Value Based Healthcare

King’s Health Partners is committed to improving the value and outcomes of the care we provide.

As the costs of healthcare rise it is increasingly important to demonstrate that healthcare funding is spent efficiently, such as by ensuring better outcomes for patients, improving patients’ experiences of our services, translating new discoveries into better care and developing an excellent workforce. We're committed to spending wisely to achieve the best value in these areas. Our approach is underpinned by comprehensive and accurate data about our patients and services.

How?

Recording and analysing accurate information is essential to understanding the value of what we do. Our Clinical Academic Groups (CAGs) are developing measures to understand value and see where there are variations in quality of care. We are publishing an outcomes book for each CAG, so that readers can see the value of what we do and our progress in patient care, research and education. We are leading the way nationally in this routine collation and publishing of outcomes.

Our Strategy

We know that that we will only achieve sustainable health improvement if we strive always to increase value. We are determined therefore to contribute to the sustainability, as well as the excellence of healthcare. To guide our actions in driving increased value we have developed this Value Based Healthcare Strategy.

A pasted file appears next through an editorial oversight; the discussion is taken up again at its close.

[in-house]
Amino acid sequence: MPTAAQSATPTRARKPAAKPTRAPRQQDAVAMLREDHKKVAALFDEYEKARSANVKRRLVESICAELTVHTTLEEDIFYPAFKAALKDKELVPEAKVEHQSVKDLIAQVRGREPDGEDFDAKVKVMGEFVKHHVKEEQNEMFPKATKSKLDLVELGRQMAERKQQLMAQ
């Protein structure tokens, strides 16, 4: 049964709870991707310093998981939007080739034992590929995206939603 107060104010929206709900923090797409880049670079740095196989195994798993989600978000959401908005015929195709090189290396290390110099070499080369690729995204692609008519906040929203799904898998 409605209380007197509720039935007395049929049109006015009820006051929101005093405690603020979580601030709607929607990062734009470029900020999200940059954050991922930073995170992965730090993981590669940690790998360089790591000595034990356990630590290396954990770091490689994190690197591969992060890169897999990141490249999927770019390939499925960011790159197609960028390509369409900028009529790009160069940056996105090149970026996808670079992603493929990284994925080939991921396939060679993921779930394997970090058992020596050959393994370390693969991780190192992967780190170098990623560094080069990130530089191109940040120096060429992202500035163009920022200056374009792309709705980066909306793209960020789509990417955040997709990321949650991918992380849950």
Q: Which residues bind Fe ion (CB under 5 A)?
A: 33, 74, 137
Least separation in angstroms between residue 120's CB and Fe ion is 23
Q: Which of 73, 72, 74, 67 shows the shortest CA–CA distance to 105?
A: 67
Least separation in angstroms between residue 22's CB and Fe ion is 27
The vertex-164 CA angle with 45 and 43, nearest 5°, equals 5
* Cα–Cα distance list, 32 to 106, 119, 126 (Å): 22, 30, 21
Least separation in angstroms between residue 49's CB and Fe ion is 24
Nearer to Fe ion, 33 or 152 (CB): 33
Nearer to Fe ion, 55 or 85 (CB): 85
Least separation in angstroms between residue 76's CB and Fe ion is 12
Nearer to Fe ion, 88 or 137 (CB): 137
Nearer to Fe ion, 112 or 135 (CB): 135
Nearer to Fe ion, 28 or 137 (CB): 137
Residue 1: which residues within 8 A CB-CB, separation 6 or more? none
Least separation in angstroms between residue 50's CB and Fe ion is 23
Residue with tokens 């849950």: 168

We are committed to providing accurate and timely information about patient care and outcomes. We believe that identifying, measuring and publishing healthcare outcomes, building cohesive information systems, reducing variation and developing a culture of improvement will increase value. Our Value Based Healthcare Strategy will be a dynamic one and we will update it on a regular basis. We welcome feedback from all partners and stakeholders, including patients and carers, which could enhance our pursuit of value.

Get Involved

Look for events

The NHS has always strived to improve quality and reduce costs. That issue is coming into even sharper focus, given the context of unprecedented financial constraint and the calls for efficiency savings of £22 billion from the NHS five year forward view. However, focusing on the monetary value of the challenge risks missing the real essence of the task facing the NHS, which is about getting better value from the NHS budget. This means maximising the outcomes produced by the activities the NHS carries out, while minimising their costs. Framing the debate in terms of efficiency and costs also risks losing the opportunity to engage clinical staff in the challenge of changing the way in which care is delivered.
The King’s Fund, Better Value in the NHS, 2015